In Florence to avoid revolutionary Paris, François-Xavier Fabre circulated in largely English aristocratic circles and generated a prominent reputation as a painter of portraits and landscape souvenirs for tourists. In the face of this commercial activity, he struggled to produce work that accorded with his academic training.
The Death of Narcissus provides a compelling response to this conundrum. It recounts the mythological narrative of Narcissus, a handsome youth who, indifferent to the affection of others, is condemned to fall in love with his own image in a forest pool. Narcissus fades away, losing both his senses and his beauty, as he desperately attempts to possess his own image.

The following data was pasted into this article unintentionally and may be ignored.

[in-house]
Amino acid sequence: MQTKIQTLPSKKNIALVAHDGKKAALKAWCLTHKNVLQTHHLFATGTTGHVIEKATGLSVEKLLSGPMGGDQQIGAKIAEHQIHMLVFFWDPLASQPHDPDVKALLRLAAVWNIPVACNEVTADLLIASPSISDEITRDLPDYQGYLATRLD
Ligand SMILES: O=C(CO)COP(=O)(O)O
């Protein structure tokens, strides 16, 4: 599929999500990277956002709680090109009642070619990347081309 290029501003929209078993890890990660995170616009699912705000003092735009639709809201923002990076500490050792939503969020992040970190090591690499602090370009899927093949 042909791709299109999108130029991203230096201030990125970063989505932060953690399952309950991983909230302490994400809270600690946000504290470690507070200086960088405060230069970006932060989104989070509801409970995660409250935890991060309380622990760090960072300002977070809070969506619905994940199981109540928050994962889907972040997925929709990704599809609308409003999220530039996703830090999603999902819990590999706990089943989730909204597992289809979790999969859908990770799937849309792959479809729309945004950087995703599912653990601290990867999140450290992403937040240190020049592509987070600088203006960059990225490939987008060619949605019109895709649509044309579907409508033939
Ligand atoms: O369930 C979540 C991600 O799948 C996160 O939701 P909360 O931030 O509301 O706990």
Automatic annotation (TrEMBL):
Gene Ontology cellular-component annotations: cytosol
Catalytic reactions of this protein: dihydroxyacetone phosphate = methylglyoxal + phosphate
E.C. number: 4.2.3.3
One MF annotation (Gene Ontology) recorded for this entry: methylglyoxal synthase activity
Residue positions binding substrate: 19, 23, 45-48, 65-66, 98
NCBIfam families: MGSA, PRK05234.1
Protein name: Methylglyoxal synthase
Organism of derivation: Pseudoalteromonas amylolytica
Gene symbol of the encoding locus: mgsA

While the work is suggestive of the Academic genre of history painting, it represents an early historical landscape. Fabre had just read Pierre-Henri de Valenciennes’s famous Elements of Perspective (1799–1800), which sought to elevate the landscape genre to an Academic status similar to that of history painting. Valenciennes argued for landscape painting that was both highly learned and paid close attention to the study of nature. Fabre’s canvas represents an important example of an historical landscape, painted two years before the Académie in Paris created a special Grand Prix for the genre.